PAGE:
Glimpse at life on the camping trail

We’re on the road again. Back in a more traditional outdoors nomadic mode. We’re on our way to Dancing Rabbit Community in Missouri, which was approximately 1400 miles from where we were about two days ago in Flagstaff, AZ. Today we traveled about 450 miles, arriving here at Meade Lake State Park in Kansas.
Our tent was erected 11 feet from the water today at dusk on ground that was so dry my stake when hammered in made a long crack that shot out a foot from the injury. I imagined ants nearby screaming and whaling as the ground opened up and swallowed them whole. We sat for a while to feed our eyes as the moon rose vibrant red (a blood moon I call it) over the lake and slowly went pale and shrunk as it gained momentum and brilliance. The trees gave a slight rustle as the wind began to pick up from the west and the lake gulped occationally with restless fish striking the surface. Our little piece of paradise was temporary. It wasn’t long before neighboring good ol’ boys starting blaring “Sweet home Alabama.” It seemed to me to be the dinner bell, and to Benjamin probably a taste of reality to snap him out of his trance.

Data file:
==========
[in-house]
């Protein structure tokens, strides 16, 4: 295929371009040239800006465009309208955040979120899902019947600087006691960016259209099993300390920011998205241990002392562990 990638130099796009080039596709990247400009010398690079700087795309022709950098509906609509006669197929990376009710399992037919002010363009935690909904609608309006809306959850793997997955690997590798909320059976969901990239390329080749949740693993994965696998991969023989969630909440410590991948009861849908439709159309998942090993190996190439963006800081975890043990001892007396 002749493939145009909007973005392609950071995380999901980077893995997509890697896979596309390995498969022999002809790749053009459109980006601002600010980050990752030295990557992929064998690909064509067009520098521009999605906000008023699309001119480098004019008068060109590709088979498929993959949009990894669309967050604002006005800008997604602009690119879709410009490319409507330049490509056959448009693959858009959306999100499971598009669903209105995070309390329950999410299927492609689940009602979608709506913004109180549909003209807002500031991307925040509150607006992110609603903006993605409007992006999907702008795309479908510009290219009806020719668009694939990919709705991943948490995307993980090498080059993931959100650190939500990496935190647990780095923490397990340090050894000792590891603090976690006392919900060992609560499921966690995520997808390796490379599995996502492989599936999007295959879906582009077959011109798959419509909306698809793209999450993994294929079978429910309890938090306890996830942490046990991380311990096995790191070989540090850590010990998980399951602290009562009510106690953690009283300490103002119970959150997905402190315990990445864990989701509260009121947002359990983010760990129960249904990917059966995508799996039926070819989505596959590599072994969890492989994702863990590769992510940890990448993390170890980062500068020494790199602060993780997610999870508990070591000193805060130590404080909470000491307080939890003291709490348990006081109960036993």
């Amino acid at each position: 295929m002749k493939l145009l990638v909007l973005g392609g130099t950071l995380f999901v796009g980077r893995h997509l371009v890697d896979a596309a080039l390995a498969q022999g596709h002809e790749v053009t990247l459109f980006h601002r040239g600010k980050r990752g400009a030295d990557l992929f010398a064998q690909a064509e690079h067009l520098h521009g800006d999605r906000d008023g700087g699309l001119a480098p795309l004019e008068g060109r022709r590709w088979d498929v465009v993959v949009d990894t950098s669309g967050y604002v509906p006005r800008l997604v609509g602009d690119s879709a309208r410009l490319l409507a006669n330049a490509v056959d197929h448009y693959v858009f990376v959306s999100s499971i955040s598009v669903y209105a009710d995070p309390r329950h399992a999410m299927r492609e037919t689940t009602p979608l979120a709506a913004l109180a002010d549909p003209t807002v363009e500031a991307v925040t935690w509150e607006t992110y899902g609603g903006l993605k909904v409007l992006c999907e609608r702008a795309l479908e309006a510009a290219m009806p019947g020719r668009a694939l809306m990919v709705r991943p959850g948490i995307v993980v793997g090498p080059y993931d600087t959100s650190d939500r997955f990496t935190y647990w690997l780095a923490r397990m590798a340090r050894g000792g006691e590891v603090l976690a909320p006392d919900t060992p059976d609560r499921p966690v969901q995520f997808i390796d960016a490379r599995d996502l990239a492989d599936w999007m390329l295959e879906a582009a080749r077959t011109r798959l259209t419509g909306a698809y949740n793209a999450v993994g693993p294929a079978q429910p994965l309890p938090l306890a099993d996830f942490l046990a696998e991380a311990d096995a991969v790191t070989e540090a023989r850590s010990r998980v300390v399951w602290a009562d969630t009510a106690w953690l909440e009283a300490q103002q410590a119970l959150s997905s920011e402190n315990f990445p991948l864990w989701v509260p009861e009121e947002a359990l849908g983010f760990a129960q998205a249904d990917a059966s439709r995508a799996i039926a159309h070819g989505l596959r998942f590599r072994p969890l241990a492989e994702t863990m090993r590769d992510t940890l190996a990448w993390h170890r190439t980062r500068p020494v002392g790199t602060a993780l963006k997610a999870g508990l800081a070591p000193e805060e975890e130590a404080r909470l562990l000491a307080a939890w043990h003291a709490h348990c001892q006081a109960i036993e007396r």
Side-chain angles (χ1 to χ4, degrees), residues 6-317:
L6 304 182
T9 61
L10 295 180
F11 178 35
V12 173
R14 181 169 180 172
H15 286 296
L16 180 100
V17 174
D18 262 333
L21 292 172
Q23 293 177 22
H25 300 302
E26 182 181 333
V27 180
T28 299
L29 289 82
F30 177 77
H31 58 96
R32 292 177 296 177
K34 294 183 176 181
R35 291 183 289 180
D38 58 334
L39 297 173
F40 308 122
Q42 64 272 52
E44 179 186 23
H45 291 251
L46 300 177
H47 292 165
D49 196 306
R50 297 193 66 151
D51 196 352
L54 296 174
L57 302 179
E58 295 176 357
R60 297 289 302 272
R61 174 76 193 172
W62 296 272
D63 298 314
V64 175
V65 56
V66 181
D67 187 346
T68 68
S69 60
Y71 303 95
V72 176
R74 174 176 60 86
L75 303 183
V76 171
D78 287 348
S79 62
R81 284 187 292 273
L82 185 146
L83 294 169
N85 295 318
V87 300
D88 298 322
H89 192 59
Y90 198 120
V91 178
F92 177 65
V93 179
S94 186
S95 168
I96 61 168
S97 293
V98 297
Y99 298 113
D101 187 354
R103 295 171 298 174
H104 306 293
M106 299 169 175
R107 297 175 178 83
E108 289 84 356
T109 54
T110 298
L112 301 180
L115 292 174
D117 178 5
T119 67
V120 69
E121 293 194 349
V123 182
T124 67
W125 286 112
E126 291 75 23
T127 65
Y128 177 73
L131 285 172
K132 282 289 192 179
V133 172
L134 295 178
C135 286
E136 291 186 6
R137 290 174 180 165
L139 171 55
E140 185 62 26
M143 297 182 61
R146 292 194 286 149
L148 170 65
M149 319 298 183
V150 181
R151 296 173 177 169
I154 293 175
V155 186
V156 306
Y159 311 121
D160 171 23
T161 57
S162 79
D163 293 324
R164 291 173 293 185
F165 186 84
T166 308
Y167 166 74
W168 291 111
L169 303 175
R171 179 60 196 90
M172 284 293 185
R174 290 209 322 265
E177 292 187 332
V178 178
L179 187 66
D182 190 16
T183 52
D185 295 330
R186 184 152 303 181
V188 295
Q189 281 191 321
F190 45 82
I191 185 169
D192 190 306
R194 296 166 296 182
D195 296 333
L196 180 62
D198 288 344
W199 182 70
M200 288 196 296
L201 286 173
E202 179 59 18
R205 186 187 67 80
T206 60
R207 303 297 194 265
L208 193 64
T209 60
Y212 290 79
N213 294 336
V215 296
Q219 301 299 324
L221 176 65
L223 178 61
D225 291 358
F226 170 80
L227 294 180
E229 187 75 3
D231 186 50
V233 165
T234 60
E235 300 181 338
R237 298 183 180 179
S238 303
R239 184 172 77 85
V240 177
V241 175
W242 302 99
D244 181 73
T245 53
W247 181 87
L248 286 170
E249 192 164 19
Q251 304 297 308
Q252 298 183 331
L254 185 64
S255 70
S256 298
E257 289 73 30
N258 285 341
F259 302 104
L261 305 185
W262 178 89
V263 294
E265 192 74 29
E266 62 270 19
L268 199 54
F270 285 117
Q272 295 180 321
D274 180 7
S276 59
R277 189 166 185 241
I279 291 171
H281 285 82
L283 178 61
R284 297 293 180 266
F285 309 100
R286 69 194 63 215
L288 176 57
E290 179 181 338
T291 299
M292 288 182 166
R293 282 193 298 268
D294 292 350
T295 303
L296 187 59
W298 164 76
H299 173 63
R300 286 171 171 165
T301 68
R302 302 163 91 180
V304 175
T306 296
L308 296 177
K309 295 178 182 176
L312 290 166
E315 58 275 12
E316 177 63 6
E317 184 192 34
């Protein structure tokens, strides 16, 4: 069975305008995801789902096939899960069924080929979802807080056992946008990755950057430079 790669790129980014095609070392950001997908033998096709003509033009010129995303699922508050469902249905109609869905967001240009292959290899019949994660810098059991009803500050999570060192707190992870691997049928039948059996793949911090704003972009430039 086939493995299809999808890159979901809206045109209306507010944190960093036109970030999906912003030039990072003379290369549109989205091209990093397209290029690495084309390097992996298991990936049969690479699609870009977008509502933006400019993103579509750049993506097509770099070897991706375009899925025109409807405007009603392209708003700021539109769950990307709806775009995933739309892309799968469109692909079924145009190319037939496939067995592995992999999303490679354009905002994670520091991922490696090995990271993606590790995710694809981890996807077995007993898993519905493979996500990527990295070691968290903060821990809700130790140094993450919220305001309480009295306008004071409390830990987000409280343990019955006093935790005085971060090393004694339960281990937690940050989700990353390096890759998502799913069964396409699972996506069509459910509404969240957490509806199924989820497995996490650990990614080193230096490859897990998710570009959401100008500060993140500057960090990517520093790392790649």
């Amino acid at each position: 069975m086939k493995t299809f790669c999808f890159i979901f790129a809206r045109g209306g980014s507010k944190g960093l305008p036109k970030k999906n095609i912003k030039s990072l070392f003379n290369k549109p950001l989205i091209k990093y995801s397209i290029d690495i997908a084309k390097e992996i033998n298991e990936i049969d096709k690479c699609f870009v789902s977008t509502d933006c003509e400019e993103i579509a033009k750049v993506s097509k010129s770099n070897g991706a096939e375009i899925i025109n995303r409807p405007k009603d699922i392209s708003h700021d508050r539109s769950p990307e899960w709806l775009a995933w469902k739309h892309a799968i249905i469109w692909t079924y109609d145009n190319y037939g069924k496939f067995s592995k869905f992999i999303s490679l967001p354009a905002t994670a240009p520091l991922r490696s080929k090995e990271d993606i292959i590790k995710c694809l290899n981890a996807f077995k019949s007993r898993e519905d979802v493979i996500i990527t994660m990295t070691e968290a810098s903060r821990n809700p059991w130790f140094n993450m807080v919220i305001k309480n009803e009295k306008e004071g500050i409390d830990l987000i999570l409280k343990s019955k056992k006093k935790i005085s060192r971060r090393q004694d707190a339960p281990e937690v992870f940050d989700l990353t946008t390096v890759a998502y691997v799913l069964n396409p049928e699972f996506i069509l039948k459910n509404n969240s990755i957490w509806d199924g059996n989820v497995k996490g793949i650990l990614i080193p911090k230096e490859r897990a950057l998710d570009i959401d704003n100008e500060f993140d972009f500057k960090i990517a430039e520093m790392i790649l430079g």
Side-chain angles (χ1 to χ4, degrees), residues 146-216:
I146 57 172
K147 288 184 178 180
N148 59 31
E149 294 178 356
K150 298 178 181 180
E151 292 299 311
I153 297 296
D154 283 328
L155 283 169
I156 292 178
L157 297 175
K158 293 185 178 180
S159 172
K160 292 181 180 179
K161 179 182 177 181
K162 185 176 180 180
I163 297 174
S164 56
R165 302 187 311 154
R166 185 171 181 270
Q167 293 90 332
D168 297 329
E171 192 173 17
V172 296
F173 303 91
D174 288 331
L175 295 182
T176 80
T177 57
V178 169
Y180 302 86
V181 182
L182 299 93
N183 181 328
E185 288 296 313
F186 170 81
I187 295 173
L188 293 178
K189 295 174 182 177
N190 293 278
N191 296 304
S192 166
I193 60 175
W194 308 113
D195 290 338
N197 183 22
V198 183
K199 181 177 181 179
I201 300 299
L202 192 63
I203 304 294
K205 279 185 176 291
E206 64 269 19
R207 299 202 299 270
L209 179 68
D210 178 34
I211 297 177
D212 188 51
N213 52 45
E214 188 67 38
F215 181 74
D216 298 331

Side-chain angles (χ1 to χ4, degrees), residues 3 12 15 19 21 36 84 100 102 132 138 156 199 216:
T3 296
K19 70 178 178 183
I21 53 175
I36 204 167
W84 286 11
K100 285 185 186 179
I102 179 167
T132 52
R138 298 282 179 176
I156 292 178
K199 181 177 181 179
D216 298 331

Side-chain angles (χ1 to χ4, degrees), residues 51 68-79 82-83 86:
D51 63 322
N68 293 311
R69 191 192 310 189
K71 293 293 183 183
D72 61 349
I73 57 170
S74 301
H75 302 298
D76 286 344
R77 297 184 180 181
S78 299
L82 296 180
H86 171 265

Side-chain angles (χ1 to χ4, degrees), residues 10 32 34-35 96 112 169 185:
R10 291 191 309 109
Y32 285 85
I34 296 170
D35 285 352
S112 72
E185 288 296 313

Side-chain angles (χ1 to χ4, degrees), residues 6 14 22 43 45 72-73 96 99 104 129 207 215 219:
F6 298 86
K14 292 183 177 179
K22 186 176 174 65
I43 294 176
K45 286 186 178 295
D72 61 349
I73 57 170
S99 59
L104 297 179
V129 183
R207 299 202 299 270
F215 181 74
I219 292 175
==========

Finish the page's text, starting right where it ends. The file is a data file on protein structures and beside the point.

We finally finished off the stew I had made at Tami’s house last Tuesday. We both comment on the taste of vinegar and hope we were just in time and not on our way to the sickhouse. I think our stomachs will be tough as rocks when this trip is over. It’s been a constant struggle balancing the lack of money, lack of ice and lack of room with the need to eat. It’s a tough juggle and sometimes we eat tangy stew or fermented rice due to it (fermented rice shouldn’t make us sick we’ve been told, fyi).
Looking through the remains of our food supply from Tucson’s spree we figured out that the Trader Joe’s Truffles had melted again and spilled. This was the beginning of an improntu concoction of chocolate surprise.
Happy Camper Chocolate Surprise:

Melted chocolate truffles mixed with
Peanut butter (crunchy) spread over
The last two pieces of wheat bread sprinkled with
Granola (donated by friend, Laura) and
Dried blueberries (also donated by Laura)

Now we have to shower off the layer of desert sun and dirt left on our skins, and lay down to the view from inside our tent. This will be the first clear night we sleep without the rainfly on. I’m looking forward to watching the sky change as I nuzzle in and out of sleep. This is one thing I have waited very patiently to enjoy, and one thing I know I’ll never have as a settled American inside constricting walls.

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